U.S.-ITER is responsible for the design, engineering, and procurement of the Tokamak Cooling Water System (TCWS). TCWS is designed to provide cooling and baking for client systems that include the first wall/blanket, vacuum vessel, divertor, and neutral beam injector. Additional operations that support these primary functions include chemical control of water provided to client systems, draining and drying for maintenance, and leak detection/localization. TCWS interfaces with 27 systems including the secondary cooling system, which rejects this heat to the environment. TCWS transfers heat generated in the Tokamak during nominal pulsed operation - 850 MW at up to 150 C and 4.2 MPa water pressure. Impurities are diffused from in-vessel components and the vacuum vessel by water baking at 200-240 C at up to 4.4 MPa. TCWS is complex because it serves vital functions for four primary clients whose performance is critical to ITER's success and interfaces with more than 20 additional ITER systems. Conceptual design of this one-of-a-kind cooling system has been completed; however, several issues remain that must be resolved before moving to the next stage of the design process. The 2004 baseline design indicated cooling loops that have no fault tolerance for component failures. During plasma operation, each cooling loop relies on a single pump, a single pressurizer, and one heat exchanger. Consequently, failure of any of these would render TCWS inoperable, resulting in plasma shutdown. The application of reliability, availability, maintainability, and inspectability (RAMI) tools during the different stages of TCWS design is crucial for optimization purposes and for maintaining compliance with project requirements. RAMI analysis will indicate appropriate equipment redundancy that provides graceful degradation in the event of an equipment failure. This analysis helps demonstrate that using proven, commercially available equipment is better than using custom-designed equipment

  11. Distraction Osteogenesis Correction of Mandibular Ramis Fracture Malunion in a Juvenile Mute Swan ( Cygnus olor ).

    PubMed

    Calvo Carrasco, Daniel; Dutton, Thomas A G; Shimizu, Naomi; Sabater, Mikel; Forbes, Neil A

    2016-03-01

    A juvenile mute swan (Cygnus olor) was presented with right lateral deviation of the mandible. Radiographs demonstrated a healed fracture of the right mandibular ramis, which had compromised osteogenesis. A corrective osteotomy was performed and an osteogenic distractor was inserted over the lateral aspect of the right mandible. Dental acrylic implants were fixed to the rhinotheca to correct rotational alignment. A pharyngostomy tube was placed to facilitate administration of nutrition and medication. Postoperative images confirmed correct alignment of the mandible in relation to the maxilla. Implants were removed and postoperative complications were not reported. This is the first report of an osteogenic distractor used to correct mandibular deviation in an avian species. Distraction osteogenesis should be considered as a valid surgical option in juvenile or adult avian patients with pathologic bone shortening.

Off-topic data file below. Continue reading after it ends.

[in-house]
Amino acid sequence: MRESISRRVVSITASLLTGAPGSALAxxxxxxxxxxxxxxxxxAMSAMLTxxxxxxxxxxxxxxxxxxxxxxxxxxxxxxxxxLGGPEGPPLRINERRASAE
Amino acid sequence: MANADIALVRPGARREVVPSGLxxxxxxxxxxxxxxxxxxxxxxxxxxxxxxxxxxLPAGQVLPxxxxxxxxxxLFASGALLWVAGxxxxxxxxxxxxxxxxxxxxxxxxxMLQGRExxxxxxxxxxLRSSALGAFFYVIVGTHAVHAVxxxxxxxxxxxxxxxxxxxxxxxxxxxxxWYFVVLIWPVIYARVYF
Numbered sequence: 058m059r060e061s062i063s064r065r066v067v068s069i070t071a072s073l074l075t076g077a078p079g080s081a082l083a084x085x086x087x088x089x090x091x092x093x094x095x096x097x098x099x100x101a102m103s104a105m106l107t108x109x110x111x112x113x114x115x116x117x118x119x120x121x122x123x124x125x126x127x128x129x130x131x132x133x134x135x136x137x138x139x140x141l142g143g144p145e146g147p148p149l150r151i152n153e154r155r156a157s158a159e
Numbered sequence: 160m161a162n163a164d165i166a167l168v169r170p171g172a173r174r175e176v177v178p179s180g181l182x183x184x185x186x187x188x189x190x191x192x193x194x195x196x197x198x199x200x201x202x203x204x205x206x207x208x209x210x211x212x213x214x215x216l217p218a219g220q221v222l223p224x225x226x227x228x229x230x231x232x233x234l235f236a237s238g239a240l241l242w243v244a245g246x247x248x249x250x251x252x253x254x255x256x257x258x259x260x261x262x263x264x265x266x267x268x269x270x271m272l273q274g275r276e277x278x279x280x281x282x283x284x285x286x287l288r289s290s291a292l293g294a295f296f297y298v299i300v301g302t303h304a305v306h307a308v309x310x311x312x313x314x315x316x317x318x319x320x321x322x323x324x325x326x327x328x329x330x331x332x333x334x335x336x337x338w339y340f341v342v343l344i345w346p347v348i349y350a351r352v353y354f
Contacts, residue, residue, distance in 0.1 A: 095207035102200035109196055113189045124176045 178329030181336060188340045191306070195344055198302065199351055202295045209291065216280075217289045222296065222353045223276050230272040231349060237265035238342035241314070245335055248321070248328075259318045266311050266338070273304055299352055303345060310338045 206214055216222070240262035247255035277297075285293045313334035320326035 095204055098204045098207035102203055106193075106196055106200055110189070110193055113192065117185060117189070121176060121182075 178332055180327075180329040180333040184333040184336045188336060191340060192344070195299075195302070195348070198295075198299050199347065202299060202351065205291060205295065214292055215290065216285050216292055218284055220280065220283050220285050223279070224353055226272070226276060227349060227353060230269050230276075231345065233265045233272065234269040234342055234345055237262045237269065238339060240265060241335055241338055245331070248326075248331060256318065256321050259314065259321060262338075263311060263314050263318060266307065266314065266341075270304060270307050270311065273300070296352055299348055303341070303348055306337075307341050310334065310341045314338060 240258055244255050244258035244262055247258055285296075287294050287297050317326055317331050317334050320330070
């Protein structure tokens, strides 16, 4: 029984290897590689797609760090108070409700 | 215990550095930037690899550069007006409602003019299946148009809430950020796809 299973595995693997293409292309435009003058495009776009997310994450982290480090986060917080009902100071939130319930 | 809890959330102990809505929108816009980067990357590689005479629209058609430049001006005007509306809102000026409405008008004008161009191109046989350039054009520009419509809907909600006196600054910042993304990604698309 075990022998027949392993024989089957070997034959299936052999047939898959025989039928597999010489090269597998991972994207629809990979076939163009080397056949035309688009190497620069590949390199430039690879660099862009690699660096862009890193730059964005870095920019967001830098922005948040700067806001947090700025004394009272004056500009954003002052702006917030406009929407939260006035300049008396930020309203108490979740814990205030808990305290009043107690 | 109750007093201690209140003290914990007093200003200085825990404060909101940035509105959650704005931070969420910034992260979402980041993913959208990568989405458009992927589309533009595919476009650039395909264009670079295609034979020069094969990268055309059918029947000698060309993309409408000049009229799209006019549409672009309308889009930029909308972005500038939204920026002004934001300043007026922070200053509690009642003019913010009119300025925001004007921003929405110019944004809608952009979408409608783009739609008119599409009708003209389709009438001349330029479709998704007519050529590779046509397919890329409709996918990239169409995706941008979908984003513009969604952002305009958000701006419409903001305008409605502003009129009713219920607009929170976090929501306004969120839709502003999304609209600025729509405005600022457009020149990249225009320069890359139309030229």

12. Effects of concentrations of sodium chloride on photosynthesis, antioxidative enzymes, growth and fiber yield of hybrid ramie.

    PubMed

    Huang, Chengjian; Wei, Gang; Jie, Yucheng; Wang, Longchang; Zhou, Hangfei; Ran, Chunyan; Huang, Zaocun; Jia, Huijuan; Anjum, Shakeel Ahmad

    2014-03-01

    Ramie (Boehmeria nivea L.) is one of the oldest and most important fiber crops in China due to the comfortable textile of its fine fiber. Increased ramie fiber demand brings ramie cultivation to salt-affected regions. The aim of this research was to determine morphological, physiological and biochemical responses of ramie by subjecting plants to varying concentrations of NaCl (0, 2, 4, 6 and 8 g NaCl/kg dry soil) at vigorous growth stage for 10 and 20 days. Results indicated that salinity stress substantially inhibited the growth of hybrid ramie plants and led to remarkable decline in fiber yield. However, when grown at 2 g NaCl/kg growth and fiber yield were similar to non-saline control. In addition, chlorophyll fluorescence and gas exchange parameters were correlated with growth and yield response. Salt treatments promoted a subsequent decrease in maximum quantum efficiency of PSII photochemistry (Fv/Fm), quantum efficiency of open PSII reaction centers (Fv'/Fm') and quantum yield of PSII (φPSII) while non-photochemical quenching (NPQ) changed conversely. Photochemical quenching (qP) and electron transport rate of PSII (ETR) increased at 2 and 4 g NaCl/kg then decreased at 6 and 8 g NaCl/kg. Substantial decline in the PSII activity at high salinity was associated with the loss of chlorophyll contents. Moreover, marked decrease in net photosynthetic rate (A), transpiration rate (E), stomatal conductance (gs) was also recorded. Nonetheless, intercellular CO2 (Ci) decreased at low salt stress, subsequently increased at high salt stress while water use efficiency (WUE) and instantaneous water use efficiency (WUEi) altered in opposite direction. Substantial decrease of photosynthesis at high salinity was due to non-stomatal factors. Furthermore, salinity stress led to decrease of proteins and accumulation of proline and malondialdehyde (MDA), as well as enhanced activities of superoxide dismutase (SOD, EC 1.15.1.1) and peroxidase (POD, EC 1.11.1.6), whereas

  13. Changing perspectives on community identity and function: A remote sensing and artifactual re-analysis of Barton Ramie, Belize

    NASA Astrophysics Data System (ADS)

    Weller, Errin Teresa